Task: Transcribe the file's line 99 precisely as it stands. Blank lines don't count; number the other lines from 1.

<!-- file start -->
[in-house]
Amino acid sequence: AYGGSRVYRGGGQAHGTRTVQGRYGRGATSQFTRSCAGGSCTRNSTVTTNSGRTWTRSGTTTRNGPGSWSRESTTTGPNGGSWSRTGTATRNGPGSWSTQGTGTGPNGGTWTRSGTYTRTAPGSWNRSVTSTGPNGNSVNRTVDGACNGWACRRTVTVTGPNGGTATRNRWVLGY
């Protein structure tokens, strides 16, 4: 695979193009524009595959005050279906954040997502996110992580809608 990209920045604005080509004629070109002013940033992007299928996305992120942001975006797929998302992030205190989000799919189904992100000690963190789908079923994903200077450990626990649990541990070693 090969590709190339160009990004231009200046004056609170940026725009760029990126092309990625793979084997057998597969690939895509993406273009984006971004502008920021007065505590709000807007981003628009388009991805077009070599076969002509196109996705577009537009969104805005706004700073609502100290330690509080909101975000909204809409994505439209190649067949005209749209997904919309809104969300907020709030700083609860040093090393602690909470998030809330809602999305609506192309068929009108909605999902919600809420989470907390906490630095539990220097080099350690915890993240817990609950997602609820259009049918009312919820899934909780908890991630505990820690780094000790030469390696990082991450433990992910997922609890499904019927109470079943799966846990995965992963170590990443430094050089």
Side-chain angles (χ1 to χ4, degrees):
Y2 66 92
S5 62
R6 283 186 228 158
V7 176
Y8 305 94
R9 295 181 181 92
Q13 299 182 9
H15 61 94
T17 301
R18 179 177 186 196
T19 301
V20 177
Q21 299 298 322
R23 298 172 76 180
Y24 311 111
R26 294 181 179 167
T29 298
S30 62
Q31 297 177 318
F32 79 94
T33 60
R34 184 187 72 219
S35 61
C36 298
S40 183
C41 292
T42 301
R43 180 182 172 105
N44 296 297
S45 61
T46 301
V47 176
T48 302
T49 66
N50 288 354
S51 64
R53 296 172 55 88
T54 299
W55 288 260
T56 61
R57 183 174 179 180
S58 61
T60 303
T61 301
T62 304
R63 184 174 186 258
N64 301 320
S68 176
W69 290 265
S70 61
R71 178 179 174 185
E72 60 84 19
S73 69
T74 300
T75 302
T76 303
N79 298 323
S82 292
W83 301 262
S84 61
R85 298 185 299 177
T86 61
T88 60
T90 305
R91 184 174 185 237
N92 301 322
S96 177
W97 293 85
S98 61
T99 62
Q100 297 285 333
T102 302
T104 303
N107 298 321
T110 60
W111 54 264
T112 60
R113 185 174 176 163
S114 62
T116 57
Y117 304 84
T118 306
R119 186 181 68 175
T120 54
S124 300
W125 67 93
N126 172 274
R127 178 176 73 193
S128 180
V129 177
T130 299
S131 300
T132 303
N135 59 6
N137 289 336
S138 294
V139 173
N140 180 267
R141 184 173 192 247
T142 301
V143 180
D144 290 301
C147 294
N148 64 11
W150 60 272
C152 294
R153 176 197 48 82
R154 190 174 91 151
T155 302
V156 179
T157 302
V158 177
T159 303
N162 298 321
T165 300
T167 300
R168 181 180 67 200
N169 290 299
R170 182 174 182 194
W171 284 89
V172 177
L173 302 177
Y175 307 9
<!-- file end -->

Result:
N137 289 336